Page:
The other side of that double-edged sword is the expectation. When employers set unrealistic expectations and milestones for the candidate simply because they “believe that’s what is expected”, they are actually hindering progress rather than driving it. Employees, and especially new hires, need to be able to set their own pace as per the company’s requirements. Setting unrealistic expectations would do nothing but spread stress, pressure, and prevent the candidate from performing optimally. And though employers may not see it, they could be gradually driving great hires away.
3- Spotting Onboarding Issues
Troubleshooting the onboarding process can reveal deep-rooted issues to which the company could have been oblivious. Moreover, it’s far more organized and effective to prepare a checklist of the different elements constituting a healthy onboarding process for the HR department to go through.
Although our own internal process at JB Hired dictates that candidates are carefully examined long before they reach the onboarding stage, double-checking for the following factors is a must, as it helps assess the candidate’s journey through the transition.
– Cultural fit
Recruiters should be able to identify whether or not the candidate would be a good cultural fit during the interview process. However, This is usually most apparent during the first few months of employment. During the onboarding stage, HR professionals have a chance to see the candidate actively participate in the company’s operations and observe just how smooth of a transition the onboarding process has been.
– Direct contact with seniors/management
Every ship needs a captain, and every captain needs a first mate. There’s a chain of command to any organized entity, and it’s crucial for every single employee in the company to know exactly who plays the role of their direct contact within the management team.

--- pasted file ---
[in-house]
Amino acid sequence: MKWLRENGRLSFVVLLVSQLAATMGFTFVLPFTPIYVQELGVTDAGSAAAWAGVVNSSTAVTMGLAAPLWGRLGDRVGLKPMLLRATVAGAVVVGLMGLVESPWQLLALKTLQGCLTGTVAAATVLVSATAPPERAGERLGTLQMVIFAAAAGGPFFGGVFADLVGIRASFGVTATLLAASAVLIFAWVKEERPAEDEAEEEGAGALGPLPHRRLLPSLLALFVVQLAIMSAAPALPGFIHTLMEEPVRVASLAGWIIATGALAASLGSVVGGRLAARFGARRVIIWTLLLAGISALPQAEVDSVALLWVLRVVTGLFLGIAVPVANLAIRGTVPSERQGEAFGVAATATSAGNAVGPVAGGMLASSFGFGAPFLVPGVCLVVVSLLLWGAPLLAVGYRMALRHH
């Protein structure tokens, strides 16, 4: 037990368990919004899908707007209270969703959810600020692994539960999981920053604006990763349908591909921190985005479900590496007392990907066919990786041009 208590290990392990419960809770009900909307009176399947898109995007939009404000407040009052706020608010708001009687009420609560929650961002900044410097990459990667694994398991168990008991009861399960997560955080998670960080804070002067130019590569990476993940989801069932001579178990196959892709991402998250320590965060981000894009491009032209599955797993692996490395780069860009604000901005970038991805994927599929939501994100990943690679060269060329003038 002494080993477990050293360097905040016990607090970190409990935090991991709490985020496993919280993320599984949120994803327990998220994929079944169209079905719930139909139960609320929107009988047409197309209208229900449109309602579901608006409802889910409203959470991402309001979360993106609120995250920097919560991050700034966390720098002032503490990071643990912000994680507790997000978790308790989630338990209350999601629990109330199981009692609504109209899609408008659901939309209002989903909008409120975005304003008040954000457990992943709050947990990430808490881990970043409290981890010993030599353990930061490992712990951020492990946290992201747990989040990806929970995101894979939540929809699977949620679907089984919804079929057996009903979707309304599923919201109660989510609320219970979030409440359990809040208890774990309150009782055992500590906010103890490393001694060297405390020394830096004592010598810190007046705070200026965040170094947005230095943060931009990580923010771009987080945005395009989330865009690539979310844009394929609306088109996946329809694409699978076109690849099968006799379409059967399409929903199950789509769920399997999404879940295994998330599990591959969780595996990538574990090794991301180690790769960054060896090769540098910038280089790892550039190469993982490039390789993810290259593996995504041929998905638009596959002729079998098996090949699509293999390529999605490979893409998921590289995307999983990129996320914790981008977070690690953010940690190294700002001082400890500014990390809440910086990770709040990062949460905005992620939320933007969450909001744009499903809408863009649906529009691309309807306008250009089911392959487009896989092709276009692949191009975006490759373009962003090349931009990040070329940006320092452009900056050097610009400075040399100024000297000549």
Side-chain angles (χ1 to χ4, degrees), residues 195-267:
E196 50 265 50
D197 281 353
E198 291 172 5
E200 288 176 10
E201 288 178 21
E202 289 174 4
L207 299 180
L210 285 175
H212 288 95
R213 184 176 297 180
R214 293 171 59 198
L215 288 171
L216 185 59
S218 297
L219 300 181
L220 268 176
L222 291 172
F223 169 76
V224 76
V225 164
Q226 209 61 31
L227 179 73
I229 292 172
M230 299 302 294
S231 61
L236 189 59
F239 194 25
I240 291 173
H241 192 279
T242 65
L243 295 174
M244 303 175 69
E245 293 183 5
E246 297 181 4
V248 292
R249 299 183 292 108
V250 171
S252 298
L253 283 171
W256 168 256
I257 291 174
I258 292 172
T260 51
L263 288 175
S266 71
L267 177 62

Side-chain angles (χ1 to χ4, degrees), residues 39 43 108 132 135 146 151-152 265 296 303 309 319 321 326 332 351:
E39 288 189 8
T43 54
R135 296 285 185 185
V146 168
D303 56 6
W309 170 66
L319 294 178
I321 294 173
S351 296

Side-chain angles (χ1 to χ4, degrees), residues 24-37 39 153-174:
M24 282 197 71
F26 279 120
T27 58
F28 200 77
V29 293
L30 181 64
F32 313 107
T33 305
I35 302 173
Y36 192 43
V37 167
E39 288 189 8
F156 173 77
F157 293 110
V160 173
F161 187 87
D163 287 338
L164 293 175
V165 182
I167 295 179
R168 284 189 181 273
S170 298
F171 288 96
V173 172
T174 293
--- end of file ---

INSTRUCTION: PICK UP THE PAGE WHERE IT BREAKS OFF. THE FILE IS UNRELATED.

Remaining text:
It’s certainly unreasonable to expect a new hire to find their own way navigating an unfamiliar team. For the onboarding stage, it’s crucial to give these candidates the support and direct training required to perform as expected. A chain of command is also a very enticing factor for candidates, as it showcases the company’s structure and defined processes.
Furthermore, defining processes for communication can help the company better understand its professional needs and allow the HR department to assess the onboarding stage as candidates make their way through it. This way, it’s easier to experiment and make adjustments as needed or as observed.
That’s why we’ve made it our job to see placements through. JB Hired’s team remains involved with candidates throughout the onboarding stage and consistently follow up with both parties (employer & candidate) to ensure that these critical few months are a smooth transition, a well-defined process, and a successful hire.
These overlooked elements constitute some of the more important metrics that our agency tracks. Our goal is to see our talent fulfill expectations, fit into the client companies, and smoothly make the journey from candidate to employee.
In case you’re looking for qualified talent to help you on this aspect, get in touch with JB Hired and source the talent your digital transformation needs!